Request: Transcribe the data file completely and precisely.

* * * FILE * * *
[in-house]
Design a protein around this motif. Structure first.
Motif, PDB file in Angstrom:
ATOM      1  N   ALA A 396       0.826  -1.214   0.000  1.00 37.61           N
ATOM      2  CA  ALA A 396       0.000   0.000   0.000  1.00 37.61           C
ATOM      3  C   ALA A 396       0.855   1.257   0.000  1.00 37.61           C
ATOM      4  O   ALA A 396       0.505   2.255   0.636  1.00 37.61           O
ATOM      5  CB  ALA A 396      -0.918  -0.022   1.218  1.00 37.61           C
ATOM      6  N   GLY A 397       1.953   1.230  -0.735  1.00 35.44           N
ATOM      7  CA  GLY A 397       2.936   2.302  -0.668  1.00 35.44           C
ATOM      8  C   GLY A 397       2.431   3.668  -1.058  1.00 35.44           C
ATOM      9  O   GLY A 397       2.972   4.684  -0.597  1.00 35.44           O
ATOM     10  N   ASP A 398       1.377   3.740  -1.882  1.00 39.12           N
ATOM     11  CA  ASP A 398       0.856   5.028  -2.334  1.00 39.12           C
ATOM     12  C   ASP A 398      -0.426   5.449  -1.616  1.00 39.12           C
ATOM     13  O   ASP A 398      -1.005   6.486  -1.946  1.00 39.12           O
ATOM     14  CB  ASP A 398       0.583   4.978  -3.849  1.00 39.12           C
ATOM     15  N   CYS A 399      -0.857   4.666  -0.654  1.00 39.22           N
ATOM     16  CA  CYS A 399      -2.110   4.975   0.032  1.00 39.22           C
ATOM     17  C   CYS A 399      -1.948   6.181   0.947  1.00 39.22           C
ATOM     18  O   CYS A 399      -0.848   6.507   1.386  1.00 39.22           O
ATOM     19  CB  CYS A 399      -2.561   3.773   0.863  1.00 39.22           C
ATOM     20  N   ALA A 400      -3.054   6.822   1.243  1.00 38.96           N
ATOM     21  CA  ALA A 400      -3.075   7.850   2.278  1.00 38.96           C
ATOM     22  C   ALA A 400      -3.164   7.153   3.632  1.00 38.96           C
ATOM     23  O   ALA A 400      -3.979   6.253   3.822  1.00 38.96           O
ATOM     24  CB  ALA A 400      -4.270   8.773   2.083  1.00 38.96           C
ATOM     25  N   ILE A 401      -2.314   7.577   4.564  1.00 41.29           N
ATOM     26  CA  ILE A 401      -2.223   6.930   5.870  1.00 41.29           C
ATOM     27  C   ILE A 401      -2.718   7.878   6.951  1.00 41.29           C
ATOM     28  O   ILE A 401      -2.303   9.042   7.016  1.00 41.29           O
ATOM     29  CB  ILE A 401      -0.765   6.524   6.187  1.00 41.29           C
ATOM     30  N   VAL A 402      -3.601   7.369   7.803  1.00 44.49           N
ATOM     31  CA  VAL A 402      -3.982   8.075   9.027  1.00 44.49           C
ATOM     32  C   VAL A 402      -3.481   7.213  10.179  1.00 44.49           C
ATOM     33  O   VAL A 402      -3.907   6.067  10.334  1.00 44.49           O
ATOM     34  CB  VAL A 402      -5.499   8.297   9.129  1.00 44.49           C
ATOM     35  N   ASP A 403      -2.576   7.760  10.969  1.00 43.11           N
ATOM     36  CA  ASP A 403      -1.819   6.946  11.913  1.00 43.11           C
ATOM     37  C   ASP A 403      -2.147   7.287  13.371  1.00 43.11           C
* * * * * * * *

[in-house]
Design a protein around this motif. Structure first.
Motif, PDB file in Angstrom:
ATOM      1  N   ALA A 396       0.826  -1.214   0.000  1.00 37.61           N
ATOM      2  CA  ALA A 396       0.000   0.000   0.000  1.00 37.61           C
ATOM      3  C   ALA A 396       0.855   1.257   0.000  1.00 37.61           C
ATOM      4  O   ALA A 396       0.505   2.255   0.636  1.00 37.61           O
ATOM      5  CB  ALA A 396      -0.918  -0.022   1.218  1.00 37.61           C
ATOM      6  N   GLY A 397       1.953   1.230  -0.735  1.00 35.44           N
ATOM      7  CA  GLY A 397       2.936   2.302  -0.668  1.00 35.44           C
ATOM      8  C   GLY A 397       2.431   3.668  -1.058  1.00 35.44           C
ATOM      9  O   GLY A 397       2.972   4.684  -0.597  1.00 35.44           O
ATOM     10  N   ASP A 398       1.377   3.740  -1.882  1.00 39.12           N
ATOM     11  CA  ASP A 398       0.856   5.028  -2.334  1.00 39.12           C
ATOM     12  C   ASP A 398      -0.426   5.449  -1.616  1.00 39.12           C
ATOM     13  O   ASP A 398      -1.005   6.486  -1.946  1.00 39.12           O
ATOM     14  CB  ASP A 398       0.583   4.978  -3.849  1.00 39.12           C
ATOM     15  N   CYS A 399      -0.857   4.666  -0.654  1.00 39.22           N
ATOM     16  CA  CYS A 399      -2.110   4.975   0.032  1.00 39.22           C
ATOM     17  C   CYS A 399      -1.948   6.181   0.947  1.00 39.22           C
ATOM     18  O   CYS A 399      -0.848   6.507   1.386  1.00 39.22           O
ATOM     19  CB  CYS A 399      -2.561   3.773   0.863  1.00 39.22           C
ATOM     20  N   ALA A 400      -3.054   6.822   1.243  1.00 38.96           N
ATOM     21  CA  ALA A 400      -3.075   7.850   2.278  1.00 38.96           C
ATOM     22  C   ALA A 400      -3.164   7.153   3.632  1.00 38.96           C
ATOM     23  O   ALA A 400      -3.979   6.253   3.822  1.00 38.96           O
ATOM     24  CB  ALA A 400      -4.270   8.773   2.083  1.00 38.96           C
ATOM     25  N   ILE A 401      -2.314   7.577   4.564  1.00 41.29           N
ATOM     26  CA  ILE A 401      -2.223   6.930   5.870  1.00 41.29           C
ATOM     27  C   ILE A 401      -2.718   7.878   6.951  1.00 41.29           C
ATOM     28  O   ILE A 401      -2.303   9.042   7.016  1.00 41.29           O
ATOM     29  CB  ILE A 401      -0.765   6.524   6.187  1.00 41.29           C
ATOM     30  N   VAL A 402      -3.601   7.369   7.803  1.00 44.49           N
ATOM     31  CA  VAL A 402      -3.982   8.075   9.027  1.00 44.49           C
ATOM     32  C   VAL A 402      -3.481   7.213  10.179  1.00 44.49           C
ATOM     33  O   VAL A 402      -3.907   6.067  10.334  1.00 44.49           O
ATOM     34  CB  VAL A 402      -5.499   8.297   9.129  1.00 44.49           C
ATOM     35  N   ASP A 403      -2.576   7.760  10.969  1.00 43.11           N
ATOM     36  CA  ASP A 403      -1.819   6.946  11.913  1.00 43.11           C
ATOM     37  C   ASP A 403      -2.147   7.287  13.371  1.00 43.11           C